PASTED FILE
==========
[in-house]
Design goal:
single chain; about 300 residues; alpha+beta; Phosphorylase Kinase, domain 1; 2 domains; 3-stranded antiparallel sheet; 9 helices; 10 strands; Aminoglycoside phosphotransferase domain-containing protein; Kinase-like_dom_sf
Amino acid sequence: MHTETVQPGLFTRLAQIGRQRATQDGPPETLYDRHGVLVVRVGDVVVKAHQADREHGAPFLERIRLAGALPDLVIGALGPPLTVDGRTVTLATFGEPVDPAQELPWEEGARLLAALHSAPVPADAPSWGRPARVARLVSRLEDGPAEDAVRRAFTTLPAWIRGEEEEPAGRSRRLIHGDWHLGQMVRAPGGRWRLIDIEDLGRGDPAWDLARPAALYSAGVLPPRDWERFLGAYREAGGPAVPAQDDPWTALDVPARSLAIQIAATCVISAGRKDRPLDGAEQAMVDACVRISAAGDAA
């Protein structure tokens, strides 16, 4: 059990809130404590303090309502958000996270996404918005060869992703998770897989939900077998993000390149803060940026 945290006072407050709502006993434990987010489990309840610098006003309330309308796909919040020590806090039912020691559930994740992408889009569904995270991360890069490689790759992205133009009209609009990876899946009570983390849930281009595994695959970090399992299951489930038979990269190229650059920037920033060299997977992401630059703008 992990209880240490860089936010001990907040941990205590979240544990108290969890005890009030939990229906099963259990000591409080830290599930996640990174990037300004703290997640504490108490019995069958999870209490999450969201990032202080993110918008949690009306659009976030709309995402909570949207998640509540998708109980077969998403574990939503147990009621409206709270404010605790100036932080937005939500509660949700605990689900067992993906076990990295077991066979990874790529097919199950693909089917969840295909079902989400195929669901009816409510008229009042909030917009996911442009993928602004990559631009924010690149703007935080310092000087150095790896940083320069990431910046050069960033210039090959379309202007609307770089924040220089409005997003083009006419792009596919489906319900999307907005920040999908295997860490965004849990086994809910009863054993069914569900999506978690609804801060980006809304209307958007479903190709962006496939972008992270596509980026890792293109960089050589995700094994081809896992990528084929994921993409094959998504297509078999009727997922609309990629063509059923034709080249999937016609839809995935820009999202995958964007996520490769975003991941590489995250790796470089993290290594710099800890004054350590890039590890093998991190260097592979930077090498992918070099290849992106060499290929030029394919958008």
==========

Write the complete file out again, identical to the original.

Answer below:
[in-house]
Design goal:
single chain; about 300 residues; alpha+beta; Phosphorylase Kinase, domain 1; 2 domains; 3-stranded antiparallel sheet; 9 helices; 10 strands; Aminoglycoside phosphotransferase domain-containing protein; Kinase-like_dom_sf
Amino acid sequence: MHTETVQPGLFTRLAQIGRQRATQDGPPETLYDRHGVLVVRVGDVVVKAHQADREHGAPFLERIRLAGALPDLVIGALGPPLTVDGRTVTLATFGEPVDPAQELPWEEGARLLAALHSAPVPADAPSWGRPARVARLVSRLEDGPAEDAVRRAFTTLPAWIRGEEEEPAGRSRRLIHGDWHLGQMVRAPGGRWRLIDIEDLGRGDPAWDLARPAALYSAGVLPPRDWERFLGAYREAGGPAVPAQDDPWTALDVPARSLAIQIAATCVISAGRKDRPLDGAEQAMVDACVRISAAGDAA
């Protein structure tokens, strides 16, 4: 059990809130404590303090309502958000996270996404918005060869992703998770897989939900077998993000390149803060940026 945290006072407050709502006993434990987010489990309840610098006003309330309308796909919040020590806090039912020691559930994740992408889009569904995270991360890069490689790759992205133009009209609009990876899946009570983390849930281009595994695959970090399992299951489930038979990269190229650059920037920033060299997977992401630059703008 992990209880240490860089936010001990907040941990205590979240544990108290969890005890009030939990229906099963259990000591409080830290599930996640990174990037300004703290997640504490108490019995069958999870209490999450969201990032202080993110918008949690009306659009976030709309995402909570949207998640509540998708109980077969998403574990939503147990009621409206709270404010605790100036932080937005939500509660949700605990689900067992993906076990990295077991066979990874790529097919199950693909089917969840295909079902989400195929669901009816409510008229009042909030917009996911442009993928602004990559631009924010690149703007935080310092000087150095790896940083320069990431910046050069960033210039090959379309202007609307770089924040220089409005997003083009006419792009596919489906319900999307907005920040999908295997860490965004849990086994809910009863054993069914569900999506978690609804801060980006809304209307958007479903190709962006496939972008992270596509980026890792293109960089050589995700094994081809896992990528084929994921993409094959998504297509078999009727997922609309990629063509059923034709080249999937016609839809995935820009999202995958964007996520490769975003991941590489995250790796470089993290290594710099800890004054350590890039590890093998991190260097592979930077090498992918070099290849992106060499290929030029394919958008």